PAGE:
The Critic Cooks: Homemade Condiments

October 10 2013, 10:30 AM

To beat the autumn chill, I spent a recent weekend preserving the Concord grapes from our arbor. Taking no shortcuts, step one of the recipe for Concord Grape Jam from The Blue Chair Jam Cookbook (easily one of my favorite cookbooks), called for pinching the translucent, plump innards out of their deep purple skins. Ten pounds of grapes: One. By. One. The process took an entire day, and I sent my husband to the hardware store for more jars four times that weekend.

I love to cook, I have certainly made jam before, and I have absolutely spent entire weekends in the kitchen for any number of occasions. But there was something about painstakingly working with every single grape that gave me newfound respect for all the house-made condiments that are gracing restaurant tables these days.

More and more, we are given the chance to splash a house-made Sriracha into our bowl of noodles or dunk our fries into a scratch-made aïoli. Across the Denver area, chefs are turning out inventive condiments that are every bit as worthy of our attention as the main affairs they adorn.

At ChoLon Modern Asian Bistro in LoDo, gratis rice crackers with a tomato-chile jam begin each meal, much like chips and salsa. This vindaloo-inspired dipping sauce gets its heat from cayenne powder and green Thai chile, and it cooks “for several hours at a low simmer so the flavors intensify but it doesn't scorch,” chef Lon Symensma says. In Cherry Creek, Elway’s Culinary Director Tyler Wiard celebrates the recent fermentation craze and makes his own kimchi for the restaurant’s crispy duck wings with charred scallions. “It is a two- to three- day process to make, and then it takes up to 20 days to ferment,” Wiard says of the spicy Korean condiment, which he lets age in authentic kimchi pots. Reminding us of the French influence on Vietnamese cuisine, chef Mary Nguyen of Parallel Seventeen in Uptown and Street Kitchen Asian Bistro in Englewood serves pho not only with the traditional flavoring elements (Sriracha and hoisin) but also with her great grandmother’s recipe for a caramelized-onion chile marmalade.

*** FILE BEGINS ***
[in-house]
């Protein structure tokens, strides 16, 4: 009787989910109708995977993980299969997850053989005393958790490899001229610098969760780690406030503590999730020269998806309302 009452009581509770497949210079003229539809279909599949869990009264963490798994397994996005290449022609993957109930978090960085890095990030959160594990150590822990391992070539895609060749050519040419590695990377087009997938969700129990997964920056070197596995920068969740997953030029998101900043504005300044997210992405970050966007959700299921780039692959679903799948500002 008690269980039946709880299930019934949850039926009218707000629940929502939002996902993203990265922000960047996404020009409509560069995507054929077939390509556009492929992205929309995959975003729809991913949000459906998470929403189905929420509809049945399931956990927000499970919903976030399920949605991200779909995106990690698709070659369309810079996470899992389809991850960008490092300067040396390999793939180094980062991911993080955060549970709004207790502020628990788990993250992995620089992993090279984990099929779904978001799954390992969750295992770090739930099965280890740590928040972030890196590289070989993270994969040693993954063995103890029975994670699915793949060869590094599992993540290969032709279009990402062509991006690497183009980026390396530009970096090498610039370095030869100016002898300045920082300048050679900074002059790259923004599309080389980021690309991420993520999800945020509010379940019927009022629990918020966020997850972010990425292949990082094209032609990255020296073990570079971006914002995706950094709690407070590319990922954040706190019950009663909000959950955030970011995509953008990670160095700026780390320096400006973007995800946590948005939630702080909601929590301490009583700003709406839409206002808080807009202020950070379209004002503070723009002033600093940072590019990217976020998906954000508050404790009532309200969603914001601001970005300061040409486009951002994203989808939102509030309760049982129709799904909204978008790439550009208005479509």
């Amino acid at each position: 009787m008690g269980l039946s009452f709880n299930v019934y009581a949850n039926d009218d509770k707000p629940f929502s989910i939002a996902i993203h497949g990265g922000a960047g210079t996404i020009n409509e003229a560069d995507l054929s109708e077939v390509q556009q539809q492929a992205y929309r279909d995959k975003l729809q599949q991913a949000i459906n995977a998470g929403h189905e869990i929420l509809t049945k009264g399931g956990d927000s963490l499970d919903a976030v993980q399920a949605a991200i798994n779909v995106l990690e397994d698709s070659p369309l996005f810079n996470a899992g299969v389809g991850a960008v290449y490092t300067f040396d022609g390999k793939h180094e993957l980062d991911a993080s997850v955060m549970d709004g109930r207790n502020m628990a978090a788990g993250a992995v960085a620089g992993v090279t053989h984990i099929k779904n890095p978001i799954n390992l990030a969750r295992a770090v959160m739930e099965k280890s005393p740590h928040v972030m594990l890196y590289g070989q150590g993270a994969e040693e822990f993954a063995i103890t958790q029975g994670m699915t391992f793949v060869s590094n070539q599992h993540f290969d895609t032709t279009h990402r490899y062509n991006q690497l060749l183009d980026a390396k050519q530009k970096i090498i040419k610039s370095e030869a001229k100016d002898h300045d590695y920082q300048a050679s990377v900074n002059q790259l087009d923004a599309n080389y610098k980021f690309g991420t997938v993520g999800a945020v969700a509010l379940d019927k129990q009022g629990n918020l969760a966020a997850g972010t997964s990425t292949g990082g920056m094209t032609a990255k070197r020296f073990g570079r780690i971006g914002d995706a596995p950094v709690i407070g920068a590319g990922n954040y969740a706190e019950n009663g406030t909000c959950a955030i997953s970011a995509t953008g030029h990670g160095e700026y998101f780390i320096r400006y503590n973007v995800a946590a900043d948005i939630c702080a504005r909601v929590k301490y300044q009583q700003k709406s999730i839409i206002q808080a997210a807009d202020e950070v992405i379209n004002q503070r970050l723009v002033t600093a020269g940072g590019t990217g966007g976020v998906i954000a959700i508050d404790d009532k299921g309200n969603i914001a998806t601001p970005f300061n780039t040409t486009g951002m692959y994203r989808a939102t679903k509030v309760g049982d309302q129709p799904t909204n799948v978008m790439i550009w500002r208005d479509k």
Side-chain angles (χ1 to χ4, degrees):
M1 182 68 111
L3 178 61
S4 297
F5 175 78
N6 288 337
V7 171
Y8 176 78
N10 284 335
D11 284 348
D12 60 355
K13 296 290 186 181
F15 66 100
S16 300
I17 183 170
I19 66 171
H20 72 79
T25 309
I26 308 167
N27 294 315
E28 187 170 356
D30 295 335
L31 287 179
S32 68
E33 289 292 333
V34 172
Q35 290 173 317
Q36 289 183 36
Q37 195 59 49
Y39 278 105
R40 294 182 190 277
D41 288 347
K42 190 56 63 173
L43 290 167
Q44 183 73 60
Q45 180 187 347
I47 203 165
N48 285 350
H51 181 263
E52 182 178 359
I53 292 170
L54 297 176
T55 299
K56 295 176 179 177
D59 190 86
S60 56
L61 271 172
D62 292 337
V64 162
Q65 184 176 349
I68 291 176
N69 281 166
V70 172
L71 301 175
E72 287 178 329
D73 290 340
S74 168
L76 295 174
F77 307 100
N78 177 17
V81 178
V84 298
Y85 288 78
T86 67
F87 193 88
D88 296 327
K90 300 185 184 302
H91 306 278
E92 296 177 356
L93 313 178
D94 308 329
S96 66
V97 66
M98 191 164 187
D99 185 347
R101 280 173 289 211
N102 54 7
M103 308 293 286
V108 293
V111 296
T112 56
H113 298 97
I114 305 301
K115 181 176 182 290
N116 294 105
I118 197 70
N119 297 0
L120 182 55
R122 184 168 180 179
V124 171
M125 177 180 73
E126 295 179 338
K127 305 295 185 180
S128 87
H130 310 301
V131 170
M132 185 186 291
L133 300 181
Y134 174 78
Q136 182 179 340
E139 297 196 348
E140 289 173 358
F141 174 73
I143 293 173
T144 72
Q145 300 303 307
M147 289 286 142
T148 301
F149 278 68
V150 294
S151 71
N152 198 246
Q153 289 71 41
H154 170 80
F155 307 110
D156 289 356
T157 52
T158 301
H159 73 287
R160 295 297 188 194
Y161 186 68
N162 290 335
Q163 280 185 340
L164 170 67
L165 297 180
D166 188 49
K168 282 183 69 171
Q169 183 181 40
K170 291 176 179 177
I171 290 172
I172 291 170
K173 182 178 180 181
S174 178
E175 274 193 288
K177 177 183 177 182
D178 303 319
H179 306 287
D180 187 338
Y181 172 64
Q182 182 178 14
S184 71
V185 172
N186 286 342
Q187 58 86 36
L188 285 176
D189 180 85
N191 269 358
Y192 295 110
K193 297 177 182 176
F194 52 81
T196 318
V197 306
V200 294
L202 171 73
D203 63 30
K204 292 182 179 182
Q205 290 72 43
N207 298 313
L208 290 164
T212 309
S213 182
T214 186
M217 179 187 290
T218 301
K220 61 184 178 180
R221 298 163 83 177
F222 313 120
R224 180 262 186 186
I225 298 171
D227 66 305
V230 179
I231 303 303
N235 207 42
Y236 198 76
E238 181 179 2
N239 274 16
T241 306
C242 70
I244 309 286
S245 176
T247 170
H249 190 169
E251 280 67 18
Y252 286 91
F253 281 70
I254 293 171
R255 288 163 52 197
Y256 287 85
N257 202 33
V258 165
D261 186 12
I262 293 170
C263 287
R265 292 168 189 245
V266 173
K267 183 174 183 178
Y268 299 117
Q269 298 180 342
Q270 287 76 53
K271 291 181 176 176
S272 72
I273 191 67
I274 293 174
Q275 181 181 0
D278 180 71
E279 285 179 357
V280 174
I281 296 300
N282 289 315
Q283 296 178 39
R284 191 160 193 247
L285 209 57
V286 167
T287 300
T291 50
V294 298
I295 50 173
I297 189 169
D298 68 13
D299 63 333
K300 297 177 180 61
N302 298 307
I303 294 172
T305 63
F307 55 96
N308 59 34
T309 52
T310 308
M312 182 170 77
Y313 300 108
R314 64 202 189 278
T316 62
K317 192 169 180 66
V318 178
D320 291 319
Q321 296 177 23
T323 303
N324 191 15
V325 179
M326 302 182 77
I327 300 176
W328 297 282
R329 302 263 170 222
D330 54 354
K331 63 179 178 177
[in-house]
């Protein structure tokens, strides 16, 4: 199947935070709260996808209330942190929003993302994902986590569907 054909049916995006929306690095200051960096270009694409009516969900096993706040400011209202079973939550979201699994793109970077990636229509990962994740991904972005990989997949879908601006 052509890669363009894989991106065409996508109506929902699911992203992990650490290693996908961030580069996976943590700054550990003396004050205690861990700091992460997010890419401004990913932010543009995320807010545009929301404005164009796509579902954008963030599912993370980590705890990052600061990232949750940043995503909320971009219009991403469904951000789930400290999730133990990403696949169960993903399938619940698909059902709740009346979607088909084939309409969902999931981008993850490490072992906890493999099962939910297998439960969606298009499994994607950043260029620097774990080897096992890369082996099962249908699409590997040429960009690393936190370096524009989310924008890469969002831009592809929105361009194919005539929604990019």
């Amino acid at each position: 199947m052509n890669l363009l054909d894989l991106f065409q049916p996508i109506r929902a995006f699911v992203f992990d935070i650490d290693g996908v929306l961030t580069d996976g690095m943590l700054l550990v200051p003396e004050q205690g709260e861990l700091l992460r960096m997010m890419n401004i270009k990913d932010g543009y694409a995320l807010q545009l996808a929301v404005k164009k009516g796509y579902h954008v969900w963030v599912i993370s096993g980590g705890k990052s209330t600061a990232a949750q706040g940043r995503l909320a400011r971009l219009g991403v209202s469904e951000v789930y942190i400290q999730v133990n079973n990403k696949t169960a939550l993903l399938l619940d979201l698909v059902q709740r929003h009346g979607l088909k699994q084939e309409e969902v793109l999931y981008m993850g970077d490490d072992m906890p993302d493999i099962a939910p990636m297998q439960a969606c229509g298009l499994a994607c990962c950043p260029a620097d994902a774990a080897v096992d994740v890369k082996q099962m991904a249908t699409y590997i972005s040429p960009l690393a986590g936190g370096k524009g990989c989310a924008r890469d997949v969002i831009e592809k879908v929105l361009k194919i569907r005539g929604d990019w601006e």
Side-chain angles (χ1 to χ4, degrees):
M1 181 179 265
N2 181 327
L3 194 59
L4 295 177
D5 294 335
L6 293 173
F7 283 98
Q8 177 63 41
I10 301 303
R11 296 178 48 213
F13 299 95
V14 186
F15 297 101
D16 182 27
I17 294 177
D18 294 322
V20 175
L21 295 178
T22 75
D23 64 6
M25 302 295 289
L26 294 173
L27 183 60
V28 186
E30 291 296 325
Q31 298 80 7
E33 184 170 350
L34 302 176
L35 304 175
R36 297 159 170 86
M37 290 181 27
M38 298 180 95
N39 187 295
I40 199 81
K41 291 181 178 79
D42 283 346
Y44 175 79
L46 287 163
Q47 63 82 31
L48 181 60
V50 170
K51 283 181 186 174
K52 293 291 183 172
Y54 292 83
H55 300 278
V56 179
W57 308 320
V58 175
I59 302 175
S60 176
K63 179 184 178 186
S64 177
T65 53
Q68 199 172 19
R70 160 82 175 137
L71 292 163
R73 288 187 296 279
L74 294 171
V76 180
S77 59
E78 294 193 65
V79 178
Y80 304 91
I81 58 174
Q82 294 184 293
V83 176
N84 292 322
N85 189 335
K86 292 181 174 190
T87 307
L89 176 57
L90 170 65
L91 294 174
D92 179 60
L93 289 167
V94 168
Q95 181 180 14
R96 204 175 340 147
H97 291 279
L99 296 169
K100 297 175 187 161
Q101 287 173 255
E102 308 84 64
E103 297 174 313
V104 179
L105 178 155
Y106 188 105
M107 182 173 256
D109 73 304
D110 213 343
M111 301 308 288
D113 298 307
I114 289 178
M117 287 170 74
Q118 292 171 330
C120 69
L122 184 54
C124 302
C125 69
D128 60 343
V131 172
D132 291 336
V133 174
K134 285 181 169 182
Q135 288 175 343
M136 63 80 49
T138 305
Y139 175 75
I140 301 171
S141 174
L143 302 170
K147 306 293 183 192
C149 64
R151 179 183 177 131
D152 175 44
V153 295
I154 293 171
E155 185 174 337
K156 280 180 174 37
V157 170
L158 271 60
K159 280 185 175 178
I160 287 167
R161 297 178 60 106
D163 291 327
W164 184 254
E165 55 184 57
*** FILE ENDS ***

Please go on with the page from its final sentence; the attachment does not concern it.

Hand-cranked kielbasa, leberkäse, and boudin noir need something to cut the fat, and at Euclid Hall Bar & Kitchen in Larimer Square chef de cuisine Jorel Pierce makes four mustards: plain yellow, Bordeaux, spicy brown, and horseradish. These take only 10 minutes to put together but two weeks to mature. Similarly, across Larimer Square at Russell’s Smoke House, owner Frank Bonanno serves the restaurant’s smoked meats with a selection of three sauces all made in-house. A trio of “sweet,” “vinegar,” and “spicy,”—each served in a glass bottle labeled with blue painter’s tape and a black Sharpie—allow guests to choose their barbecue region of choice.

At Lola in Highland, don’t miss the hot sauce made of dry-toasted chiles de arbol, affectionately known as Salsa Muñoz after a former cook who helped create it. The spicy sauce is served only by-request to customers who want to amp up the heat. “It’s sort of a regulars’ thing that's not printed on our menu,” says chef Jamey Fader—who keeps it at his house and brings it to picnics.

If keeping a chef-made condiment at home sounds appealing, look for the red pepper jam from Frasca Food and Wine’s Lachlan MacKinnon-Patterson. The chef serves a dollop of his maternal grandmother’s recipe on the restaurant’s cheese plate, but it is also sold at select specialty foods stores. There’s nothing like the pride of popping open a self-sealed jar of preserves, but serving jam from a Beard-winning chef is a close second. 

Want More? Check out our story on additional from-scratch condiments. 

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